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Will theaters suffer the costs of upgrading to 8K projectors? A lot of small theaters went out of business when film reels were no longer available for new movies.
 

jvillain

EOS RP
Sep 29, 2018
239
175
I wonder what the market for 8K cine cameras is. I get the impression manufacturers are two steps ahead of the market.

After doing a short survey among friends and family, I realized I don't know anyone who owns a 4K TV or screen. At most, people told me when their TV dies, they'll buy a 4K TV. I posted on another thread a few weeks ago that 1080 is by far the most popular resolution on Amazon's 10 best selling monitors, and 10 best selling TVs. IIRC, someone noted studios are shooting 4K, downsample to 1080, and do the special effects in that resolution, as there's no sufficient incentive to do them in 4K. The Corona virus has hit movie theaters hard, I don't see studios making big investments in cameras & computing resources the near future.

I bought my 4K monitor almost 5 years ago and to buy a similar monitor today would cost more than it did then. Some thing weird is going on with the price of 4K monitors. When you can buy 55" 4K TV for less than a 28" 4K monitor some thing fishy is going on.
 

EOS 4 Life

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Sep 20, 2020
260
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Will theaters suffer the costs of upgrading to 8K projectors? A lot of small theaters went out of business when film reels were no longer available for new movies.
I think it will be like 3D where there will be non 8K versions at cheaper prices but they can charge more for 8K
 

Antono Refa

EOS R
Mar 26, 2014
1,212
362
Will theaters suffer the costs of upgrading to 8K projectors? A lot of small theaters went out of business when film reels were no longer available for new movies.

Film reels? Aren't movies distributed to movie theaters on hard drives? It takes them so long to arrive to Israel, I wonder whether they are sent by nuclear submarines.
 

BeenThere

EOS R
CR Pro
Sep 4, 2012
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Film reels? Aren't movies distributed to movie theaters on hard drives? It takes them so long to arrive to Israel, I wonder whether they are sent by nuclear submarines.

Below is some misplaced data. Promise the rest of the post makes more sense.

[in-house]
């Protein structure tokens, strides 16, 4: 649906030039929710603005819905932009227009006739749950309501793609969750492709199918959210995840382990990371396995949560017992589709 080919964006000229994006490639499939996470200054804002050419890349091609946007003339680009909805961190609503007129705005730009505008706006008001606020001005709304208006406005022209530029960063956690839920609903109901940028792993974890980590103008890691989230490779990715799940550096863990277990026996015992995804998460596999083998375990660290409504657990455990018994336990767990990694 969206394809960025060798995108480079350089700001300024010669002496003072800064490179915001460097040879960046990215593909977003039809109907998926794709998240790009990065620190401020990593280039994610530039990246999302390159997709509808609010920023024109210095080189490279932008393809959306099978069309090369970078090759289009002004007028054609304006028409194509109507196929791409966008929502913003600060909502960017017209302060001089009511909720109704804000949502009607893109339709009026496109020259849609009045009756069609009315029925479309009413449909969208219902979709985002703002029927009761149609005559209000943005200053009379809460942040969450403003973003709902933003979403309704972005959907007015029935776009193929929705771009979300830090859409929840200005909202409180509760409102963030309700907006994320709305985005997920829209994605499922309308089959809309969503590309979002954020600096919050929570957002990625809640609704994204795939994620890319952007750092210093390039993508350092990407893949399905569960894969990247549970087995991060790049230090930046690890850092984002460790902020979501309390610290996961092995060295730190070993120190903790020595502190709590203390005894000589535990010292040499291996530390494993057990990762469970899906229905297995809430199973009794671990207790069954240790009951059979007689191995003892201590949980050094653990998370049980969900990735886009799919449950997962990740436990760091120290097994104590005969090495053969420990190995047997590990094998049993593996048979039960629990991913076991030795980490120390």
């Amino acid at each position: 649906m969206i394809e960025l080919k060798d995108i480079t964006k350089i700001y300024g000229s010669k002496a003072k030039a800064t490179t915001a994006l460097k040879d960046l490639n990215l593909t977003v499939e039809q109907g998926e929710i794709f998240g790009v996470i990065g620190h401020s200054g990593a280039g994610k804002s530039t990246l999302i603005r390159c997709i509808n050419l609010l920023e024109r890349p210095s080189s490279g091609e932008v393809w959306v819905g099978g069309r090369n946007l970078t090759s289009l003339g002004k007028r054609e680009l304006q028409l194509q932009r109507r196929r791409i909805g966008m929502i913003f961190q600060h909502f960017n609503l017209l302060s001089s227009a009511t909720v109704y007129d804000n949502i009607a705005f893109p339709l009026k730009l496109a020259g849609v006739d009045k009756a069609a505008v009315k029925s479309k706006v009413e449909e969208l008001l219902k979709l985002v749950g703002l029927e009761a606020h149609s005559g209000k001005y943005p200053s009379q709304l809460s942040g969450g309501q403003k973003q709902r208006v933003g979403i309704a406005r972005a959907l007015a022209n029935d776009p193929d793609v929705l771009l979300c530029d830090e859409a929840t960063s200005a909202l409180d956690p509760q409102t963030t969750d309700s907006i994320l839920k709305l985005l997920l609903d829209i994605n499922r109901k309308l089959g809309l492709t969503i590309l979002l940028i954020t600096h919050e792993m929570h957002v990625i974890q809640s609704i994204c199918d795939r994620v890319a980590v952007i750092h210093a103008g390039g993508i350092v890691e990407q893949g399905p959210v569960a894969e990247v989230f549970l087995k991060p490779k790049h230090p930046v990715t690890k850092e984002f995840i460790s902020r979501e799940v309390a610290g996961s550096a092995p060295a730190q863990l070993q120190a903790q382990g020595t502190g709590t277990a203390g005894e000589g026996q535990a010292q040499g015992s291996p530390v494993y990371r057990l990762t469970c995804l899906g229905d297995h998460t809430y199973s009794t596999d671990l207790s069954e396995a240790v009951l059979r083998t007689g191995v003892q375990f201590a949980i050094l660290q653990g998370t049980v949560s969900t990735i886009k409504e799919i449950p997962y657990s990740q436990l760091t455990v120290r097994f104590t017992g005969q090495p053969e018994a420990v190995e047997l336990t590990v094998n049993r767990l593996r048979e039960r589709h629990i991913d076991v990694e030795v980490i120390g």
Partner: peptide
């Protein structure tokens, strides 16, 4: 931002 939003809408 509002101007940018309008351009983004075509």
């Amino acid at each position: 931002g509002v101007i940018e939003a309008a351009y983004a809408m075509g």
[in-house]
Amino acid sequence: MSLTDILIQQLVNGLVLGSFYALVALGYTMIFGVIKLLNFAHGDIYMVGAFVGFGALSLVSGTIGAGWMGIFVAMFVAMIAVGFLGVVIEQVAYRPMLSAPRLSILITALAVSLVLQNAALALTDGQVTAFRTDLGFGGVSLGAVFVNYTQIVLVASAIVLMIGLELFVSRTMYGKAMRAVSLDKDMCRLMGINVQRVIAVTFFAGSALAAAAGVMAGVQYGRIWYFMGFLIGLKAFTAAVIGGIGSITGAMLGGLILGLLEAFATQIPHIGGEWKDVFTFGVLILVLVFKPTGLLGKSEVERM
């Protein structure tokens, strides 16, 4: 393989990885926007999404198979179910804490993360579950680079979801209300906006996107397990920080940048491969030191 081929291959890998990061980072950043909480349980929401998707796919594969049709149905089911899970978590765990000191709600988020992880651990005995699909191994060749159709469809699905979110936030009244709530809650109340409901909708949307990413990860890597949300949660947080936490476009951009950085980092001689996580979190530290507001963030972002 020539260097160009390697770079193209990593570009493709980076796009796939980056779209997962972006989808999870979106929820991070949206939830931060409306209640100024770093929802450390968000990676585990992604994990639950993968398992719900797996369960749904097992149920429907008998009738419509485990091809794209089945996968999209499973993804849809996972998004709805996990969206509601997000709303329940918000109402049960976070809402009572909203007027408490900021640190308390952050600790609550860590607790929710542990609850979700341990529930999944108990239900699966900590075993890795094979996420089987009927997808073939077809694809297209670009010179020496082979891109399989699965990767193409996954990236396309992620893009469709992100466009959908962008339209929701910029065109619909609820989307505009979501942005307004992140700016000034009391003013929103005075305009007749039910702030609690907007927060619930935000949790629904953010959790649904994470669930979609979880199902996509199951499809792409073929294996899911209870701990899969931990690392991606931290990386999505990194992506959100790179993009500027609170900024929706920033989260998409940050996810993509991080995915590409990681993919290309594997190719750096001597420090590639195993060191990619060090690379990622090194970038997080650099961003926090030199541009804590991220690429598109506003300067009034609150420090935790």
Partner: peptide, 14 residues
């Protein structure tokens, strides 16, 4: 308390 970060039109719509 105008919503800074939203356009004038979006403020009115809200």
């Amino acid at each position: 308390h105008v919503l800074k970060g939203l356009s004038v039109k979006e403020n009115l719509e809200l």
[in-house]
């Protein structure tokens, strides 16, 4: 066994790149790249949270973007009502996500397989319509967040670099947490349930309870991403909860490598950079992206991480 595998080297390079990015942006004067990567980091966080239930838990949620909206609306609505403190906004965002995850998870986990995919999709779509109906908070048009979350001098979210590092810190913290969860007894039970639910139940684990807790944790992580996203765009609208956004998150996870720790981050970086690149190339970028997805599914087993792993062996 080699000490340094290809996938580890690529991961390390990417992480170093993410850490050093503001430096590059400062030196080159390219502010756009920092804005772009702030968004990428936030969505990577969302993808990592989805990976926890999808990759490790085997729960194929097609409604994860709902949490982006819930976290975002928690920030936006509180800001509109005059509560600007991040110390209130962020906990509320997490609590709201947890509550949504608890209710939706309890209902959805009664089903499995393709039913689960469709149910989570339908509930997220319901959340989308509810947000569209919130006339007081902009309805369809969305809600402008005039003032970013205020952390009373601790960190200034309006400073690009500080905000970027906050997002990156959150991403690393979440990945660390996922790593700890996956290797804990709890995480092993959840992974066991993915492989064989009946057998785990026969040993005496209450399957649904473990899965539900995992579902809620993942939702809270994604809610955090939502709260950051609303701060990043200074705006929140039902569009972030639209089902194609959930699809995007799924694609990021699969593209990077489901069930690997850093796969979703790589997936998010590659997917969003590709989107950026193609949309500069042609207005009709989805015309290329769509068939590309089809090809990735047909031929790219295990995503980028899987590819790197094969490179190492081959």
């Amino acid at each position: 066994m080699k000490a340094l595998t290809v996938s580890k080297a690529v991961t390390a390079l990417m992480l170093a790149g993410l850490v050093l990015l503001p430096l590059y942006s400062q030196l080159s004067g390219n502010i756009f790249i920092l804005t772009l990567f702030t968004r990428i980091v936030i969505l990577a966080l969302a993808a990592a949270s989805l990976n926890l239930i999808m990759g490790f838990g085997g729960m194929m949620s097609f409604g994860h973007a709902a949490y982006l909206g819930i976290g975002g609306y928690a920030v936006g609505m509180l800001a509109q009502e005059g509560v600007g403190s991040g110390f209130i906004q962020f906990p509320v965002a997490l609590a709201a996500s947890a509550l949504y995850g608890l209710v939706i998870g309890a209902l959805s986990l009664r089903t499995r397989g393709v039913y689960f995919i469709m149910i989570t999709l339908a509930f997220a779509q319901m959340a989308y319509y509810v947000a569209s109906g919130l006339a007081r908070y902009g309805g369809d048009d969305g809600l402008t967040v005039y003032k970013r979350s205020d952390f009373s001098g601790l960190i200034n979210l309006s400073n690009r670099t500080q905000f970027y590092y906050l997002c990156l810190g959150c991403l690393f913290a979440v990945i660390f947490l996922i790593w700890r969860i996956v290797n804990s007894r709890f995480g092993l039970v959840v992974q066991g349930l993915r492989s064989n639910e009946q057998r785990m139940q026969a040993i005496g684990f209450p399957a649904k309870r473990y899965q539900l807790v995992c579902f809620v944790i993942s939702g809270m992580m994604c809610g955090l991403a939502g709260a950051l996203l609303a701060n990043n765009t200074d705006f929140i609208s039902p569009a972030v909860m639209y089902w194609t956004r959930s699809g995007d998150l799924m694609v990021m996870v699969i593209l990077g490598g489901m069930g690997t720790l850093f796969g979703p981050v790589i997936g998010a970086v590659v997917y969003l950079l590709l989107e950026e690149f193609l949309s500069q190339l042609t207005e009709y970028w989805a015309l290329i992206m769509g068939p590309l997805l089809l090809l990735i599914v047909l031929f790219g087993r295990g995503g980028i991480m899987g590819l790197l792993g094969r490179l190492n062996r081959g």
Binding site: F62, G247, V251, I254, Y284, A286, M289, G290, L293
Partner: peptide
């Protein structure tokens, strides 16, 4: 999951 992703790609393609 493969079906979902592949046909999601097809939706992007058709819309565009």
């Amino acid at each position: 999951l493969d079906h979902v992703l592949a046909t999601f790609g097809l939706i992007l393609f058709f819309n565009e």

Right. My point is that when film reels were totally dropped by major motion picture companies (six or seven years ago in the U.S.), many mom and pop theaters could not afford to convert to digital 4K projection. It happened to the only theater in the small town where I resided.

Today, it’s quite possible that COVID is the death knell for most remaining small theaters.
 
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stevelee

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Jul 6, 2017
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I still prefer to get Blu-Ray discs from Netflix over watching the same material streamed. It looks better on my 1080p TV, and the discrete 5.1 usually sounds better in my audio system. OTA still looks better than the same channels on cable. It is not enough better to bother with most of the time, but I do have an indoor antenna hooked up to my TV. That was from when I could get a basketball game on an obscure sideband of a local station, but since ESPN+, I haven't needed to do that. For all practical purposes and maybe mathematical ones, 720p and 1080i are equivalent.

For in-home consumption, bit rate seems at least as important as resolution in terms of quality. Compression algorithms have gotten more sophisticated, but there still is some point of diminishing returns, at the very least, with having twice the resolution (supposedly) but more drastic compression to compensate. And YouTube mangles my videos in more ways than one when they process them. I was going to link to an example, but it is no longer there, I discovered. I bet I took it down because it was illustrative of the mangling. I had done a star time-lapse video with my G7X II to see how that worked. On YouTube, the night sky became a sick yellow.

I normally sit about two feet from my 5K computer screen, and almost 10 feet from the 46" 1080p TV in my family room. A larger TV would present more of a placement challenge, and I wonder about how well OLED would show up in the daytime. The room has 3 big windows looking into the woods. The birds and such are often more entertaining than the TV programs anyway. The 43" plasma set is in my bedroom and almost never turned on during daylight.
 

Darecinema

Addicted to lenses.
CR Pro
Sep 8, 2018
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While this is cool to be driving technology forward, I’d prefer an RF C500ii type camera with 120fps in 4K and the same C300iii DGO type sensor in full frame format. I have zero need for an 8K camera until I’m ready to film an IMAX documentary which would be epic!!!